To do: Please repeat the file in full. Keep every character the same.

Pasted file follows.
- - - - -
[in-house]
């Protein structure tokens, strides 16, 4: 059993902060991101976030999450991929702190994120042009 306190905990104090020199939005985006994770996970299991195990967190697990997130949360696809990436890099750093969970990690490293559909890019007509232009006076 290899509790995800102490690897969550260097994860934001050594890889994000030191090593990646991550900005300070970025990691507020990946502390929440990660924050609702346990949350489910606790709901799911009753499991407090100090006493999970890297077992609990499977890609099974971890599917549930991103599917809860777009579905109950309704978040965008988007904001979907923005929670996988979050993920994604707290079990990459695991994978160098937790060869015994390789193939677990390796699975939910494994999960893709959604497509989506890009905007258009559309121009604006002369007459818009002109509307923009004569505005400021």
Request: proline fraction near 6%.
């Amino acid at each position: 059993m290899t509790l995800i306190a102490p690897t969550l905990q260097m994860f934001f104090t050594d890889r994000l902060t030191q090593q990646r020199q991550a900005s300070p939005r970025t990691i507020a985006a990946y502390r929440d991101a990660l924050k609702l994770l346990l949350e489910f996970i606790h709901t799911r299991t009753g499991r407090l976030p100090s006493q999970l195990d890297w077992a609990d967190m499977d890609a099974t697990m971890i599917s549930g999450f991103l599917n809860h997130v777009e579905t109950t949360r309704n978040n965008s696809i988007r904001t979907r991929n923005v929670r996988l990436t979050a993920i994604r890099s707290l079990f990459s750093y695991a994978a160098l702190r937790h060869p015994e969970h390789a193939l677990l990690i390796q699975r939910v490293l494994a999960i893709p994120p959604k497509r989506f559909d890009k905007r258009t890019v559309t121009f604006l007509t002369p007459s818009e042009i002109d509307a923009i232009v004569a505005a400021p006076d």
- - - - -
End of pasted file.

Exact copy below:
[in-house]
């Protein structure tokens, strides 16, 4: 059993902060991101976030999450991929702190994120042009 306190905990104090020199939005985006994770996970299991195990967190697990997130949360696809990436890099750093969970990690490293559909890019007509232009006076 290899509790995800102490690897969550260097994860934001050594890889994000030191090593990646991550900005300070970025990691507020990946502390929440990660924050609702346990949350489910606790709901799911009753499991407090100090006493999970890297077992609990499977890609099974971890599917549930991103599917809860777009579905109950309704978040965008988007904001979907923005929670996988979050993920994604707290079990990459695991994978160098937790060869015994390789193939677990390796699975939910494994999960893709959604497509989506890009905007258009559309121009604006002369007459818009002109509307923009004569505005400021």
Request: proline fraction near 6%.
């Amino acid at each position: 059993m290899t509790l995800i306190a102490p690897t969550l905990q260097m994860f934001f104090t050594d890889r994000l902060t030191q090593q990646r020199q991550a900005s300070p939005r970025t990691i507020a985006a990946y502390r929440d991101a990660l924050k609702l994770l346990l949350e489910f996970i606790h709901t799911r299991t009753g499991r407090l976030p100090s006493q999970l195990d890297w077992a609990d967190m499977d890609a099974t697990m971890i599917s549930g999450f991103l599917n809860h997130v777009e579905t109950t949360r309704n978040n965008s696809i988007r904001t979907r991929n923005v929670r996988l990436t979050a993920i994604r890099s707290l079990f990459s750093y695991a994978a160098l702190r937790h060869p015994e969970h390789a193939l677990l990690i390796q699975r939910v490293l494994a999960i893709p994120p959604k497509r989506f559909d890009k905007r258009t890019v559309t121009f604006l007509t002369p007459s818009e042009i002109d509307a923009i232009v004569a505005a400021p006076d």